Why You're Probably on an NSA Watchlist

07/31/2014 09:30
Mike Leahy
by Mike Leahy

I was talking with one of my colleagues the other day, and he raised a very interesting question, one that deserves consideration by anyone worried about their digital privacy. He read an article that championed the idea that the more steps one took to protect their privacy by using anonymous Web-browsing tools like Tor, the more likely that individual would be targeted for "surveillance" by the NSA.


The article went on to say the NSA closely watched user accounts searching for information on non-Windows operating systems like Tails or Linux. The authors of the article suggest the NSA presumes anyone interested in using technology to protect their privacy is a potential threat to national security. On the other hand, those taking no steps to demonstrate privacy concerns (as evidenced by an interest in available tools) are not.

Let that sink in for a moment.

Supporters of the sentiment that security must trump privacy will tell you that if you have nothing to hide, you have nothing to fear. A more apt statement to be garnered from the article is if you have something to hide, the government has something to fear.

Right now, the NSA operates an Internet surveillance tool called XKeyscore. This program allows them to place every Tor user in the world under ongoing surveillance. This completely negates the supposed anonymity the system was designed to provide.

“In the ongoing battle between government snoops and people interested in protecting their privacy, the snoops will always concentrate their activities where they will have the most impact.”
The NSA's own description of XKeyscore suggests its use is widespread, collecting metadata and relational information about Internet and telephone usage. This is then stored and is searchable in real time. The interesting point about XKeyscore's use you should keep in mind is the NSA's decision that anyone interested in privacy is considered a potential terrorist. Think about that for a moment.

The Pew Research Center Internet and American Life survey found in September 2013 that:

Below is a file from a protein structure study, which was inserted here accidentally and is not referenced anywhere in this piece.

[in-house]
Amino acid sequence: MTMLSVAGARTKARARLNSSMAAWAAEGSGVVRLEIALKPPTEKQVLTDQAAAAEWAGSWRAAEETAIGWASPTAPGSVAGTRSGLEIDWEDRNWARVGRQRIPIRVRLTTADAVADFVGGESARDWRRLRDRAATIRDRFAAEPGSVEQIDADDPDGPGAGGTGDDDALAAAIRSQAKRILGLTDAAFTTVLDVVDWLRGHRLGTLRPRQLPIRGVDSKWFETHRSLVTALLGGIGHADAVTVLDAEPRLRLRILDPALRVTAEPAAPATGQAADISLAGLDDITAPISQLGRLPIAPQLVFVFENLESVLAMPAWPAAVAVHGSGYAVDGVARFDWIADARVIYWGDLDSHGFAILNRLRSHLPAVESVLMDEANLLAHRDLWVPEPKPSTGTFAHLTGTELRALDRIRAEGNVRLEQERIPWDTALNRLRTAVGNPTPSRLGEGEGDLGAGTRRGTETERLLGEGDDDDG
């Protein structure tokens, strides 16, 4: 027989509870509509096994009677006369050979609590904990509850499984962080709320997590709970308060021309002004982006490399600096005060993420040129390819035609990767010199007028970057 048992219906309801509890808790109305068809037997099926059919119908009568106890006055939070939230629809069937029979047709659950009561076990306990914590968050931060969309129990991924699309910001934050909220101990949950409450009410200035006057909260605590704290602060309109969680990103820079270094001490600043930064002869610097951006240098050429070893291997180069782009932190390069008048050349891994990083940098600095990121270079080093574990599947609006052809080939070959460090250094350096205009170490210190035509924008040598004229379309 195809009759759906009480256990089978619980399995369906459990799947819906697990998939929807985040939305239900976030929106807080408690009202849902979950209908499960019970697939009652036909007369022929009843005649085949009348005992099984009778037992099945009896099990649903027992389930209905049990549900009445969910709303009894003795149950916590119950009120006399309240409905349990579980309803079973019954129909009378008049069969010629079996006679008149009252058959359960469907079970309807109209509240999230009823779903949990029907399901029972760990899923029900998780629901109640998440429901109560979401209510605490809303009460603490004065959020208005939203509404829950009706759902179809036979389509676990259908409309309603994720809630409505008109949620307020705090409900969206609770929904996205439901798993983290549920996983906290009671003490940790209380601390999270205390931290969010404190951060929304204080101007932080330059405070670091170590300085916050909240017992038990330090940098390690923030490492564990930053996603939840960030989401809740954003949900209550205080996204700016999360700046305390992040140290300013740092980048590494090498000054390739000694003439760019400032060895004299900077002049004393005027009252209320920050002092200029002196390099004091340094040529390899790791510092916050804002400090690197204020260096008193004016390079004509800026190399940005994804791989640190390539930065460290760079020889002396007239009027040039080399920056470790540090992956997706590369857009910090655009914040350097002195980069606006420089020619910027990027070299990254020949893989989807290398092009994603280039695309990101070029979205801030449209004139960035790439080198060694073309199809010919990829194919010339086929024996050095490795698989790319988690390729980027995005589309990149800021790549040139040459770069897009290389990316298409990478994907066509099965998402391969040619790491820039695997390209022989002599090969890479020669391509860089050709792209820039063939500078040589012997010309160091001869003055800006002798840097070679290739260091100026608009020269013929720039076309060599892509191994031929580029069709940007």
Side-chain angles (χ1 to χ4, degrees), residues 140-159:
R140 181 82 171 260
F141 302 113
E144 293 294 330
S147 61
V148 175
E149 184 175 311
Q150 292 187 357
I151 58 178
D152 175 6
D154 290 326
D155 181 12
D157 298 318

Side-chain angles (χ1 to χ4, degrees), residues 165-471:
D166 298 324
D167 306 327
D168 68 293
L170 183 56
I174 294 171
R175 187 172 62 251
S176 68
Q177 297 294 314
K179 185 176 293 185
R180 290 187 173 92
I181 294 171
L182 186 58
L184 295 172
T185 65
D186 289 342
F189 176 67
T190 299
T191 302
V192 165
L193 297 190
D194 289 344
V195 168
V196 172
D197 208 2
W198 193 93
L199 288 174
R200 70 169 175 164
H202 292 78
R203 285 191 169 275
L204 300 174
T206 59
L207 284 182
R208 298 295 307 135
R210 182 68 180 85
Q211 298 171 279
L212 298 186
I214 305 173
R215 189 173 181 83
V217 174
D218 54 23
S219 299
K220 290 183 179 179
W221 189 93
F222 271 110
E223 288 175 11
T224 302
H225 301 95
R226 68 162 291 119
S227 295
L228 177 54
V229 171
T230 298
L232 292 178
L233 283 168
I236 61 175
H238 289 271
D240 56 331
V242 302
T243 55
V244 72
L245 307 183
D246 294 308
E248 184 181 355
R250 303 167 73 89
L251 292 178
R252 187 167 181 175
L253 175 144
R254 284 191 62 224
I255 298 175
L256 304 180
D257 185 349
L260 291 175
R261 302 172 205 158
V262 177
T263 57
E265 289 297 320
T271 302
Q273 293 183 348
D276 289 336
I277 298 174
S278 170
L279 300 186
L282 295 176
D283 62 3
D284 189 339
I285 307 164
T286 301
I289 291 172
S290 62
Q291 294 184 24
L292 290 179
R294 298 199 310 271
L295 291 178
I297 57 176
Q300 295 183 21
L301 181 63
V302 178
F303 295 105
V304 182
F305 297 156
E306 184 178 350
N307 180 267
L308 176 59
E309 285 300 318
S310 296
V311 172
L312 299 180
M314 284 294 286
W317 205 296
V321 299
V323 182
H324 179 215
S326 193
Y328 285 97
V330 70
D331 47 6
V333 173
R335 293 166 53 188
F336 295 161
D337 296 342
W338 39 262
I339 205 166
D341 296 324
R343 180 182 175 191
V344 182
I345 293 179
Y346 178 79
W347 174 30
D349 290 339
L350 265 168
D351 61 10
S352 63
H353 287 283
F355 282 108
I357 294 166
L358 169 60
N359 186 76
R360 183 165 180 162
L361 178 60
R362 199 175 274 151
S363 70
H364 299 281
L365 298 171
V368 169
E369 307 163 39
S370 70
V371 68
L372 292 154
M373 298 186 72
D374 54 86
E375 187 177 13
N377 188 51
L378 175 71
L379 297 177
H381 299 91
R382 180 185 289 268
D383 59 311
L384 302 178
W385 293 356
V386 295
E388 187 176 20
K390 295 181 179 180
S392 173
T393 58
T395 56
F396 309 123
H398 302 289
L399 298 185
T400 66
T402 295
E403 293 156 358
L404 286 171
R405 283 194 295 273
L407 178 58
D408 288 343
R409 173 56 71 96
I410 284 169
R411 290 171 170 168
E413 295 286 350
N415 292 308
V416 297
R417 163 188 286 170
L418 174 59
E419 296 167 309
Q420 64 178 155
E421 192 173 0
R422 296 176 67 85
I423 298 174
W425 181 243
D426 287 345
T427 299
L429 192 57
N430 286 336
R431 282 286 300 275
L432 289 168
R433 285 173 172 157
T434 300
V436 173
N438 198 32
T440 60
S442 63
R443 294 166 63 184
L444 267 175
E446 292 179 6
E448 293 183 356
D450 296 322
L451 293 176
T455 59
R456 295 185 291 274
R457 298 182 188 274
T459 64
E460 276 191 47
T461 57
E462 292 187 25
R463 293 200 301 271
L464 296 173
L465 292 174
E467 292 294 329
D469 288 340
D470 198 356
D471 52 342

• "86% of Internet users have taken steps online to remove or mask their digital footprints -- ranging from clearing cookies, encrypting their email, and avoiding using their real name, to using virtual networks that mask their Internet protocol (IP) address
  • "55% of Internet users have taken steps to avoid observation by specific people, organizations, or the government."

Or, more simply, more than half of the population of the United States that uses the Internet is categorized as potential terrorists requiring government surveillance to "protect us." From whom is the government protecting us?

Apparently, from ourselves.

This is madness.

Aside from this, there's another important point you need to be aware of. I remember arguments I had with my peers when I was 10 years old. It was the height of the Cold War, and we were debating the need of missiles to stop intercontinental ballistic missiles. But it didn't stop there. We argued about whether we needed anti-missiles to stop the ICBMs. And anti-anti-missiles to stop those.

Similarly, you might remember the quote attributed to Willie Sutton, who supposedly said that he "robbed banks because that was where the money was." In the ongoing battle between government snoops and people interested in protecting their privacy, the snoops will always concentrate their activities where they will have the most impact.

Just as Apple computers have not been targeted with viruses by online threats nearly as much as their Windows PC counterparts, growing use of alternate operating systems like Linux, Tor and Tails raises the interest in their users. Quite simply, they choose to "hide" something.

As in all technology-dependent conflicts, each side will reinvent its tools to defeat the tools used by their opponents. Thus, it is important to acknowledge that the tools we use to "enhance" privacy are simply that -- tools. The only way to truly keep personal information "private" is to not share it.

Having said that, how many social media platforms (Facebook, et al.) do you participate on?

Think about it.


Mike Leahy is an attorney in Annapolis, Md., and a Certified Information Privacy Professional (CIPP/US). Mike can be reached at mike@mgleahy.com or via his LinkedIn profile. 2014 Laissez Faire Books, LLC.